[quote author=Windmill knight]One thing I will say about planting a tree: It is a statement of faith in the future, in spite of everything we see in the present. Maybe we should do it if only for that reason.[/quote]

You are right! I hadn't seen planting a tree this way but in fact that seems obvious now. It feels good :)
 

zak

Jedi Council Member
Hello Lys, no i don't use it and i didn't really have the opportunity to experience its properties on myself.
It's more by curiosity, and a habit that i have with trees and plants.
And it's giving an other view on differents weeds of the garden knowing its medecinal properties, than "bad grasses" to snatch absolutly.
As you said "this is an interesting way of getting closer to the nature with an essential knowledge", and in some way doing this we can get closer to our own nature.
 

Lys

Padawan Learner
True! Having a few experiences in volunteering in farms made me discover quite a lot about myself.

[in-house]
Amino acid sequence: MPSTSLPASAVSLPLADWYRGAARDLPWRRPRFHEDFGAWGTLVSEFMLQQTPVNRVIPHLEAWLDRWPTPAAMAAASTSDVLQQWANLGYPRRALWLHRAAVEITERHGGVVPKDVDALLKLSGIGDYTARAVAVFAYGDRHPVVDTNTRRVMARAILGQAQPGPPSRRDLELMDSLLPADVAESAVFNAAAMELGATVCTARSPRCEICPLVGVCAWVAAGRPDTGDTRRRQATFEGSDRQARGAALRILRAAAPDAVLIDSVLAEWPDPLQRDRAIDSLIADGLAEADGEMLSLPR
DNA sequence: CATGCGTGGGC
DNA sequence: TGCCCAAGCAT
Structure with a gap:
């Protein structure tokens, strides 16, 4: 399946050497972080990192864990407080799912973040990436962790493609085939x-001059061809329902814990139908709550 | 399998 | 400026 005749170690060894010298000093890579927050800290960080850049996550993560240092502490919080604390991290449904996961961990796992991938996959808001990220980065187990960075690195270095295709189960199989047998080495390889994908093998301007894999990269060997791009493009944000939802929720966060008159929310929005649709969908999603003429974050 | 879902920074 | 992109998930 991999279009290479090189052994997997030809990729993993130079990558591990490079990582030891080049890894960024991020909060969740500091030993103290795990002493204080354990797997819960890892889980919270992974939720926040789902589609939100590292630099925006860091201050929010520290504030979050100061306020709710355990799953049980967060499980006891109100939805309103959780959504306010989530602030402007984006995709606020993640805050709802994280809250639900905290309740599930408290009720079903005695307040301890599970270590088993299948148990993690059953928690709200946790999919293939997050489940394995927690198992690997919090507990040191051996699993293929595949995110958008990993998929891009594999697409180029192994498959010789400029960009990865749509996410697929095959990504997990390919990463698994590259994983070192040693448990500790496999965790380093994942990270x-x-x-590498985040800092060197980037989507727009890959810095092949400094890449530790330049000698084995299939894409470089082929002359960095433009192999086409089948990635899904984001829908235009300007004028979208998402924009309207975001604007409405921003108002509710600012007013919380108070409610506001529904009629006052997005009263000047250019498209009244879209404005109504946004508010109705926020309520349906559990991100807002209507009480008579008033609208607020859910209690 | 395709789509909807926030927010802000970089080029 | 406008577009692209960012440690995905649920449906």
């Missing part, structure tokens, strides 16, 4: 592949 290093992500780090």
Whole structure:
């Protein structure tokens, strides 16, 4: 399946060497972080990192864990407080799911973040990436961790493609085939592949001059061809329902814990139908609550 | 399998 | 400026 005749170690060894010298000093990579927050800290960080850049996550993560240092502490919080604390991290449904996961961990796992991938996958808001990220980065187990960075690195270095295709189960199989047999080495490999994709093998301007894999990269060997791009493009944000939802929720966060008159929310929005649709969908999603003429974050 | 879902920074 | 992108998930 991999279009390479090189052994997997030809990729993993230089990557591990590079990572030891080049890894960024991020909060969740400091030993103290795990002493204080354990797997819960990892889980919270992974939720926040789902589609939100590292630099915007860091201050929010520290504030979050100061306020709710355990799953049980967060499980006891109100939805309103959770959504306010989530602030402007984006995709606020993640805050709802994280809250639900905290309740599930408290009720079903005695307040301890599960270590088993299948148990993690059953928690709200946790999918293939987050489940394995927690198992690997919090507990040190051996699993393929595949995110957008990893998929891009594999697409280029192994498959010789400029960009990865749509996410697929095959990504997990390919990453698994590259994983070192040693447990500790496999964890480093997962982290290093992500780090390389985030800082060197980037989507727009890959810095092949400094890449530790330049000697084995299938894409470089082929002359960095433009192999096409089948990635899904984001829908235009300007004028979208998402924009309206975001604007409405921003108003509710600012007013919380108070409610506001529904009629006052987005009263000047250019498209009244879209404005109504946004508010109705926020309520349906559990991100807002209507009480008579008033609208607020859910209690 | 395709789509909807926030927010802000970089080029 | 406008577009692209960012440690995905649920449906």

zak

Jedi Council Member
Today let's taking a closer look to Salix fragilis.
From celtic sal=near/close, lis=water.
From latin fragilis= fragile (twigs easily breaking near the stem).
The bark of crack willow is anti-rheumatic and febrifuge, containing salicin and salicylic acid components of aspirin.
 

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JGeropoulas

The Living Force
FOTCM Member
I've been an avid gardener since I discovered the magic of plants when I was 12 years old, but I've never planted a tree. But planting one as a symbol of hope in the future is inspiring. Here's a picture of the most-beloved road in my town thanks to someone's hope in the future 100 years ago.

...and a life-long favorite poem:

Trees
by Joyce Kilmer

I think that I shall never see
A poem lovely as a tree.

A tree whose hungry mouth is pressed
Against the sweet earth’s flowing breast;

A tree that looks at God all day,
And lifts her leafy arms to pray;

A tree that may in summer wear
A nest of robins in her hair;

Upon whose bosom snow has lain;
Who intimately lives with rain.

Poems are made by fools like me,
But only God can make a tree.